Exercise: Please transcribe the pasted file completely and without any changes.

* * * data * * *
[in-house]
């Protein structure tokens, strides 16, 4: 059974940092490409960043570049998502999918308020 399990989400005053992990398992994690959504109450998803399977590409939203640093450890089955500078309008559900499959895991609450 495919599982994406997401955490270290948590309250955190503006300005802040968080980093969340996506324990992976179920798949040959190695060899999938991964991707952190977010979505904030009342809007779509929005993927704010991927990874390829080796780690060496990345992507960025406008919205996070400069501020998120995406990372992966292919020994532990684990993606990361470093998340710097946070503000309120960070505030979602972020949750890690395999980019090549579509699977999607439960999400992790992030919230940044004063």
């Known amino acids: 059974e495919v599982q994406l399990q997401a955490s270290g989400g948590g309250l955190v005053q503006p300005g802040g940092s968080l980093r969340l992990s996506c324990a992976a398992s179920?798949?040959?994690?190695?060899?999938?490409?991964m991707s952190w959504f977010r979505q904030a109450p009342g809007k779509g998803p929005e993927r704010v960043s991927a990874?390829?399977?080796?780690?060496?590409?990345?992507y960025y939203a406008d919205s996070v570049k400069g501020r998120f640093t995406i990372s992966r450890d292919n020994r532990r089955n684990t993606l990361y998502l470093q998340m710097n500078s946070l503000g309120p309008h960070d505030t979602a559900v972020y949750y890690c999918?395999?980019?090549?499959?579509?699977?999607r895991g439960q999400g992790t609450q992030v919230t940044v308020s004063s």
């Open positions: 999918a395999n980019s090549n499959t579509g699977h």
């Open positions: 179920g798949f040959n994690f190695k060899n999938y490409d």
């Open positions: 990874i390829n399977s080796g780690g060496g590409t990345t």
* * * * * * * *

[in-house]
């Protein structure tokens, strides 16, 4: 059974940092490409960043570049998502999918308020 399990989400005053992990398992994690959504109450998803399977590409939203640093450890089955500078309008559900499959895991609450 495919599982994406997401955490270290948590309250955190503006300005802040968080980093969340996506324990992976179920798949040959190695060899999938991964991707952190977010979505904030009342809007779509929005993927704010991927990874390829080796780690060496990345992507960025406008919205996070400069501020998120995406990372992966292919020994532990684990993606990361470093998340710097946070503000309120960070505030979602972020949750890690395999980019090549579509699977999607439960999400992790992030919230940044004063």
């Known amino acids: 059974e495919v599982q994406l399990q997401a955490s270290g989400g948590g309250l955190v005053q503006p300005g802040g940092s968080l980093r969340l992990s996506c324990a992976a398992s179920?798949?040959?994690?190695?060899?999938?490409?991964m991707s952190w959504f977010r979505q904030a109450p009342g809007k779509g998803p929005e993927r704010v960043s991927a990874?390829?399977?080796?780690?060496?590409?990345?992507y960025y939203a406008d919205s996070v570049k400069g501020r998120f640093t995406i990372s992966r450890d292919n020994r532990r089955n684990t993606l990361y998502l470093q998340m710097n500078s946070l503000g309120p309008h960070d505030t979602a559900v972020y949750y890690c999918?395999?980019?090549?499959?579509?699977?999607r895991g439960q999400g992790t609450q992030v919230t940044v308020s004063s």
């Open positions: 999918a395999n980019s090549n499959t579509g699977h």
């Open positions: 179920g798949f040959n994690f190695k060899n999938y490409d």
């Open positions: 990874i390829n399977s080796g780690g060496g590409t990345t």